Data Dictionary: Census 2000
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Survey: Census 2000
Data Source: U.S. Census Bureau
Universe: Occupied housing units
Variable Details
H36. Tenure By Year Structure Built
Universe: Occupied housing units
H036012 Renter occupied
Aggregation method:
Addition
Relevant Documentation:
Excerpt from: Social Explorer, U.S. Census Bureau; 2000 Census of Population and Housing, Summary File 3: Technical Documentation, 2002.
 
Tenure
The data on tenure, which was asked at all occupied housing units, were obtained from answers to long-form questionnaire Item 33 and short-form questionnaire Item 2. All occupied housing units are classified as either owner occupied or renter occupied.

Owner occupied
A housing unit is owner occupied if the owner or co-owner lives in the unit even if it is mortgaged or not fully paid for. The owner or co-owner must live in the unit and usually is Person 1 on the questionnaire. The unit is "Owned by you or someone in this household with a mortgage or loan" if it is being purchased with a mortgage or some other debt arrangement, such as a deed of trust, trust deed, contract to purchase, land contract, or purchase agreement. The unit is also considered owned with a mortgage if it is built on leased land and there is a mortgage on the unit. Mobile homes occupied by owners with installment loans balances are also included in this category.

A housing unit is "Owned by you or someone in this household free and clear (without a mortgage or loan)" if there is no mortgage or other similar debt on the house, apartment, or mobile home including units built on leased land if the unit is owned outright without a mortgage.

The tenure item on the Census 2000 questionnaire distinguishes between units owned with a mortgage or loan and those owned free and clear. In the sample data products, as in the 100-percent products, the tenure item provides data for total owner-occupied units. Detailed information that identifies mortgaged and nonmortgaged units are provided in other sample housing matrices. (For more information, see discussion under "Mortgage Status," "Selected Monthly Owner Costs," and "Selected Monthly Owner Costs as a Percentage of Household Income in 1999.")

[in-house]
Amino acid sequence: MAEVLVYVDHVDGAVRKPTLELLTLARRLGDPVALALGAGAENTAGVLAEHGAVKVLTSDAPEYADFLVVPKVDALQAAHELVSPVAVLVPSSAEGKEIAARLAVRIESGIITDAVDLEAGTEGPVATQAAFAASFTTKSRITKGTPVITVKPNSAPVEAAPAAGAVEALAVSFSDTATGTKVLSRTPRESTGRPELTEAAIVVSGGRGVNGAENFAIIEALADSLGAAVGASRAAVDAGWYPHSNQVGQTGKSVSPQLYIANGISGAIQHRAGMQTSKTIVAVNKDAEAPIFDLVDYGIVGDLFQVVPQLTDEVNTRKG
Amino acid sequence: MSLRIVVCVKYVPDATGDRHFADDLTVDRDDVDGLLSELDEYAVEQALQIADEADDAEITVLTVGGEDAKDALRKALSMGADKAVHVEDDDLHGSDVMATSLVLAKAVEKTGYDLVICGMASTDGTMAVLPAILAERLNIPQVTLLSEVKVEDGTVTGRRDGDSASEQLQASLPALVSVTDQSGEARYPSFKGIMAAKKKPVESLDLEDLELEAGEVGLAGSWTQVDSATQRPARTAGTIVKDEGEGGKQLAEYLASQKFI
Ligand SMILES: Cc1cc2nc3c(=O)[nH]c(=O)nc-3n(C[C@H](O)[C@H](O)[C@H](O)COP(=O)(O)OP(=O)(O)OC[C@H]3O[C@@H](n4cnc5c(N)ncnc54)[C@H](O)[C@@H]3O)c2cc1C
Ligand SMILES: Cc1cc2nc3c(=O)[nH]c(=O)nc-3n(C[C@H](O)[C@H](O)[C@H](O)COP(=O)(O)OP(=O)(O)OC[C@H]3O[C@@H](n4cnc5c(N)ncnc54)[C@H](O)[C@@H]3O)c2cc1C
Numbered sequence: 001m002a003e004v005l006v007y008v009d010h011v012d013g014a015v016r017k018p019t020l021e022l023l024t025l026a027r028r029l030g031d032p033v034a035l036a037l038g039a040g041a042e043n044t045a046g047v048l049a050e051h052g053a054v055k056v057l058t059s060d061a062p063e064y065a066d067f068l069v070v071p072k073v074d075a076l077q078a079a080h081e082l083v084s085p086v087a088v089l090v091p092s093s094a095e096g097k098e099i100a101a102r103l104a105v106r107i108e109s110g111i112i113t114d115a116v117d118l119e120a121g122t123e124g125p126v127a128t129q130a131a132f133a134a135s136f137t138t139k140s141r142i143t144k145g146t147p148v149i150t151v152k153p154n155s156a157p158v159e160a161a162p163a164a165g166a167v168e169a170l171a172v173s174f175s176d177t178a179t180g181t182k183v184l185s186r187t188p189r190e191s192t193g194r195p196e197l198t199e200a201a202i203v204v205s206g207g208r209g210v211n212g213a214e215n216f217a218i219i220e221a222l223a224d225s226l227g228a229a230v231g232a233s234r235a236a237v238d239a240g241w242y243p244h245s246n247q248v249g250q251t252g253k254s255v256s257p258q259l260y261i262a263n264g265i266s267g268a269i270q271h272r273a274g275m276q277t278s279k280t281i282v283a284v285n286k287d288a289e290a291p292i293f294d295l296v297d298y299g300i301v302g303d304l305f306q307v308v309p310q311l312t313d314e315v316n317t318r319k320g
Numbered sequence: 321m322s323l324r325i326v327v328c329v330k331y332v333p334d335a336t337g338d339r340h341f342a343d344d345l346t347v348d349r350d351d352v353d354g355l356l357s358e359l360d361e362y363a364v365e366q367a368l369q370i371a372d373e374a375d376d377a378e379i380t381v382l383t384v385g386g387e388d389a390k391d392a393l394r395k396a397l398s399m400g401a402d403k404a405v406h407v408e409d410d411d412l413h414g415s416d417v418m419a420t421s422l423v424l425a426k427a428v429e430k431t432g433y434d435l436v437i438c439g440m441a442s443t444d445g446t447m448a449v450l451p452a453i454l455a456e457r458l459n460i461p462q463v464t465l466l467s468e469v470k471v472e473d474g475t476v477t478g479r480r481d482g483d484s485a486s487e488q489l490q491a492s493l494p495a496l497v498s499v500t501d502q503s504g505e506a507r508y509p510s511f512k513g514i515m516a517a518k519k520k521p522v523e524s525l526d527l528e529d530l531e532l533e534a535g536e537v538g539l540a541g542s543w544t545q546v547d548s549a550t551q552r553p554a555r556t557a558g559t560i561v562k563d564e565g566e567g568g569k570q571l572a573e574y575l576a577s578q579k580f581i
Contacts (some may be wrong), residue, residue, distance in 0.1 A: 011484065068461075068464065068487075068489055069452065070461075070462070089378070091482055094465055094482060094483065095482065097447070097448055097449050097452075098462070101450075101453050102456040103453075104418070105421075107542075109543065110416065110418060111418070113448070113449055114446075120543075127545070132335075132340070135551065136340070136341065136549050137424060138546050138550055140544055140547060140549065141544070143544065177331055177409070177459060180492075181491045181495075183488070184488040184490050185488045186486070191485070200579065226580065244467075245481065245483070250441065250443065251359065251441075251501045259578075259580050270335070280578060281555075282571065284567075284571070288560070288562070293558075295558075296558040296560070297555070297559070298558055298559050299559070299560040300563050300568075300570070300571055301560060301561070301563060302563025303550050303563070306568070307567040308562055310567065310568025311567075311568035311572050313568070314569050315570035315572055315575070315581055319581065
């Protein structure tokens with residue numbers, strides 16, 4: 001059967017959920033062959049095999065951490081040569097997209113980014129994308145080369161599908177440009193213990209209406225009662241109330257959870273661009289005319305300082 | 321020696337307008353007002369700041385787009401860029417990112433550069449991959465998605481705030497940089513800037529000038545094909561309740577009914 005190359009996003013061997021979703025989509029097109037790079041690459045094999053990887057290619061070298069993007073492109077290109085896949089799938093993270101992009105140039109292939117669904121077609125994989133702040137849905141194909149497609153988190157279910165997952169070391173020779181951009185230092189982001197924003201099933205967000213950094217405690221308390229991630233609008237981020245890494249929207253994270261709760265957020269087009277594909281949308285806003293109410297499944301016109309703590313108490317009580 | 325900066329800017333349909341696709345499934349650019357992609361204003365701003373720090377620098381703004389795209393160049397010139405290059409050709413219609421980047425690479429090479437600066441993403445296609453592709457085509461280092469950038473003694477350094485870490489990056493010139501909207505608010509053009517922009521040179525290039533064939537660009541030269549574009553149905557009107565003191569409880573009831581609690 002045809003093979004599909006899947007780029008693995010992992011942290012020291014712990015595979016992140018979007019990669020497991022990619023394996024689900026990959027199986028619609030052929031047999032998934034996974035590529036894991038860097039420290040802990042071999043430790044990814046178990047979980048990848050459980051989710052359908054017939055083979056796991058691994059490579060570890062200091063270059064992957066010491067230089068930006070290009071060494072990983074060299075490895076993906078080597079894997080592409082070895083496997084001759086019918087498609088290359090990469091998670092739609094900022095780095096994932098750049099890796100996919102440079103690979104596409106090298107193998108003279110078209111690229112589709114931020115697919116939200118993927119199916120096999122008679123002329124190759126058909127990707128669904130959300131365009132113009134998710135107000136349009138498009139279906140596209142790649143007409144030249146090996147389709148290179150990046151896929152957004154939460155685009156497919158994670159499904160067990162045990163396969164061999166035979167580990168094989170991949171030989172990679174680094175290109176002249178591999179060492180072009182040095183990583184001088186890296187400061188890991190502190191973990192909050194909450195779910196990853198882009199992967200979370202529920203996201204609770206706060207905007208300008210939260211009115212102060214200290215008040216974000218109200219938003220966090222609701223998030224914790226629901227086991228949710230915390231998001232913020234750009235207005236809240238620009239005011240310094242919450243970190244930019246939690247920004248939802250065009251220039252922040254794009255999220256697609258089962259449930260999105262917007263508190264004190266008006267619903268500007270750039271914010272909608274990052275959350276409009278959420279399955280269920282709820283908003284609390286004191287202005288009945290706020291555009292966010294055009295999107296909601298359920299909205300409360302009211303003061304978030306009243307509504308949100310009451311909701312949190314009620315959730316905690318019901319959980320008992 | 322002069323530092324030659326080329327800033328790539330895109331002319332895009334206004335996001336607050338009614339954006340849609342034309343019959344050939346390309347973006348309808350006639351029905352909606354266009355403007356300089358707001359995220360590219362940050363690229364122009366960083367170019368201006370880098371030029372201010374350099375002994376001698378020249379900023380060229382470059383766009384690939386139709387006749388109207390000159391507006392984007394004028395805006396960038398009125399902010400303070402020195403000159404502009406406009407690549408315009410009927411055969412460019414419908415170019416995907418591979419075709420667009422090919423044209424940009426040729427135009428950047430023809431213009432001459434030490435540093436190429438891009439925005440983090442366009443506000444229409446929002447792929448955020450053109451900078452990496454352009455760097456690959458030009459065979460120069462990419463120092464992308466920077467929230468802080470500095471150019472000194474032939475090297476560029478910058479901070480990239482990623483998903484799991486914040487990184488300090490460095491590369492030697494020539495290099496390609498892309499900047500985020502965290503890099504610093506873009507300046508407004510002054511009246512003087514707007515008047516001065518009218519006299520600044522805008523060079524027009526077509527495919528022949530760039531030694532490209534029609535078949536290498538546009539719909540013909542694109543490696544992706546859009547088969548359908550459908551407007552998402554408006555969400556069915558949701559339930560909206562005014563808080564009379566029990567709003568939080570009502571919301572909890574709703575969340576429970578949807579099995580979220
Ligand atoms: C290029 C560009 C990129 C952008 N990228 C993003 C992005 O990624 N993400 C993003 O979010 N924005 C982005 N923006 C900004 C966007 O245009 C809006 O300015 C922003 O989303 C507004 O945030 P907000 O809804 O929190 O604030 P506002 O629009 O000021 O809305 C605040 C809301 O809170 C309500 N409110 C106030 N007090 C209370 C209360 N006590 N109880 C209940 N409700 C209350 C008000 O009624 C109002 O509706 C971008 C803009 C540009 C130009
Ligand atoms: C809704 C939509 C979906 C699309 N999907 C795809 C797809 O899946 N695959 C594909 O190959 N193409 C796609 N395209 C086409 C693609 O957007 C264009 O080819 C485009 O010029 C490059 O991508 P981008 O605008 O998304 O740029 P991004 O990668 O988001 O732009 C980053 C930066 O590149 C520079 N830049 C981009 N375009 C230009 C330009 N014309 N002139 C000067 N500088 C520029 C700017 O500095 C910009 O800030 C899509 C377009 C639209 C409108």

Renter occupied
All occupied housing units that are not owner occupied, whether they are rented for cash rent or occupied without payment of cash rent, are classified as renter occupied. "No cash rent" units are separately identified in the rent tabulations. Such units are generally provided free by friends or relatives or in exchange for services, such as resident manager, caretaker, minister, or tenant farmer. Housing units on military bases also are classified in the "No cash rent" category. "Rented for cash rent" includes units in continuing care, sometimes called life care arrangements. These arrangements usually involve a contract between one or more individuals and a service provider guaranteeing the individual shelter, usually a house or apartment, and services, such as meals or transportation to shopping or recreation. (For more information, see "Meals Included in Rent.")

Comparability